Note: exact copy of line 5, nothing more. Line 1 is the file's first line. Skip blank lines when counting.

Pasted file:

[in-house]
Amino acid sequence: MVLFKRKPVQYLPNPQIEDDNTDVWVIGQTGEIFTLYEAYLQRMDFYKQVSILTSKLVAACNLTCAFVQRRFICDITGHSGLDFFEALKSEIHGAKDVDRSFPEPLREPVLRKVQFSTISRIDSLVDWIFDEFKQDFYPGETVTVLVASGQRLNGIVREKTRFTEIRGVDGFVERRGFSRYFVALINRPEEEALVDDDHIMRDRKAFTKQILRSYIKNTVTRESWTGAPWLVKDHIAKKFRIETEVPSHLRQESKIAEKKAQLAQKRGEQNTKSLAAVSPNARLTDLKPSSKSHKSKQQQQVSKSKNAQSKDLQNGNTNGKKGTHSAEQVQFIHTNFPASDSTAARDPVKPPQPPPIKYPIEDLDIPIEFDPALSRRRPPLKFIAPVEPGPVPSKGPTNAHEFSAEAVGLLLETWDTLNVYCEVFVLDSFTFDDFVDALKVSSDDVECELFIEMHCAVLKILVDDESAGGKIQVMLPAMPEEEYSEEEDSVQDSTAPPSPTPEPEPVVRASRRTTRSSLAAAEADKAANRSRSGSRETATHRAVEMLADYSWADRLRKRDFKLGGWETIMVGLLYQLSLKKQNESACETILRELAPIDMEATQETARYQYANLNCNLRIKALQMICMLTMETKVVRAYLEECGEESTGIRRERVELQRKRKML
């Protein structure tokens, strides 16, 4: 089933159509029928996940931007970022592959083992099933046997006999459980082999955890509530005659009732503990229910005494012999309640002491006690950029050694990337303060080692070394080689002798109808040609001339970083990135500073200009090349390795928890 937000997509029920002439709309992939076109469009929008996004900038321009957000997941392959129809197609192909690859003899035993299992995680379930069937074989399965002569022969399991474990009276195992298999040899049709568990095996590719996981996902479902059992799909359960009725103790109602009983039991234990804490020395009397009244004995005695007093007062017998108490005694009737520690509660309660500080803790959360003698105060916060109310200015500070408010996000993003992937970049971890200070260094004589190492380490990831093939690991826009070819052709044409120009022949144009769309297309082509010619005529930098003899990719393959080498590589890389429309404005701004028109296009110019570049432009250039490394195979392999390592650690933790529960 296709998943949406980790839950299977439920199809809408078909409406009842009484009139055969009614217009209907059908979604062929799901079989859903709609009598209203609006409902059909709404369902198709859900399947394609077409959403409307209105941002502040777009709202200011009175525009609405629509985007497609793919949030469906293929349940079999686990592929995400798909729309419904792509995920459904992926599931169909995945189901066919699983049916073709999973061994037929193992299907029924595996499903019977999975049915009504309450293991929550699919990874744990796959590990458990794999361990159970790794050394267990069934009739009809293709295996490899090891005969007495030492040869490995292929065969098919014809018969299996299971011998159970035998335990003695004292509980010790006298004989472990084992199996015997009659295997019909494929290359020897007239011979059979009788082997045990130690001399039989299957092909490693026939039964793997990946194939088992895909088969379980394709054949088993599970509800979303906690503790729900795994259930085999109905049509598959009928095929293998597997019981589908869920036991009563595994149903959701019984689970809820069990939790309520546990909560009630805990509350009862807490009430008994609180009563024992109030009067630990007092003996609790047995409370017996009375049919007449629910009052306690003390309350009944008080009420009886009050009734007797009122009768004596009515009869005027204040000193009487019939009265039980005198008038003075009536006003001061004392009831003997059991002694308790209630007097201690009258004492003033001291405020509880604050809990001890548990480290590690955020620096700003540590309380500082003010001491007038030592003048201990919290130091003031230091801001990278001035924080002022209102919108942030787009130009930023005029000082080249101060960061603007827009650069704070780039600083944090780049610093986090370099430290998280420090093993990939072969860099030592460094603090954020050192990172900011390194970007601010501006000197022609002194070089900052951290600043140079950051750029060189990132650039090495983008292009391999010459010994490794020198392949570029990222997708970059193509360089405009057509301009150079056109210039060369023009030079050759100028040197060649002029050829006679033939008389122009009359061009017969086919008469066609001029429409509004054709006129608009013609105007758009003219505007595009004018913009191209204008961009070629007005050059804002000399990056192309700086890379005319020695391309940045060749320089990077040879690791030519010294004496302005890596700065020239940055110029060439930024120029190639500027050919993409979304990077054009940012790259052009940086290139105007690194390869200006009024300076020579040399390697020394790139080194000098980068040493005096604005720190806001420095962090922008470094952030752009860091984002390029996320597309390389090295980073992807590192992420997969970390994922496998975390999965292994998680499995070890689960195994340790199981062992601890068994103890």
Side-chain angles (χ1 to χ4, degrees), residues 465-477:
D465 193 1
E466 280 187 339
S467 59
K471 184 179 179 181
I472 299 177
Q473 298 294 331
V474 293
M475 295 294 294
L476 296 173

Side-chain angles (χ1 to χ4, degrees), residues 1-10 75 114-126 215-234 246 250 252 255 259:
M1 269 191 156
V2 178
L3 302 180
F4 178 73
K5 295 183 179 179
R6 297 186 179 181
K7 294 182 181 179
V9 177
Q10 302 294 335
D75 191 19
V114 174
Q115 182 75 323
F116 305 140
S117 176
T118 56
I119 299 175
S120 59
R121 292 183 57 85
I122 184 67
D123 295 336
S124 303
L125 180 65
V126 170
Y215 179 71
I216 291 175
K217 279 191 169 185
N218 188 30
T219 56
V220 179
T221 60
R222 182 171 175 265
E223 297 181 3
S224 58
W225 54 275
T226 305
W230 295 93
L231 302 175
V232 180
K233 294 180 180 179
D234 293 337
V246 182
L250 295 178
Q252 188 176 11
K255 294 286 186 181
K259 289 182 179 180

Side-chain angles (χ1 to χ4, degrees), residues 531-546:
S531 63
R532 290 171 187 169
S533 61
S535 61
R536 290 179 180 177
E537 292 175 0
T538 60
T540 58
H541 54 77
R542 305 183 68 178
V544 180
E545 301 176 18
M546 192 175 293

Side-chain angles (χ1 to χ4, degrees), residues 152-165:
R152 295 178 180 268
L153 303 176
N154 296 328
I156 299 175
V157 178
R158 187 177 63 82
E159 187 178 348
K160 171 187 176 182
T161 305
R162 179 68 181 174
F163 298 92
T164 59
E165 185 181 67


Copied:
D465 193 1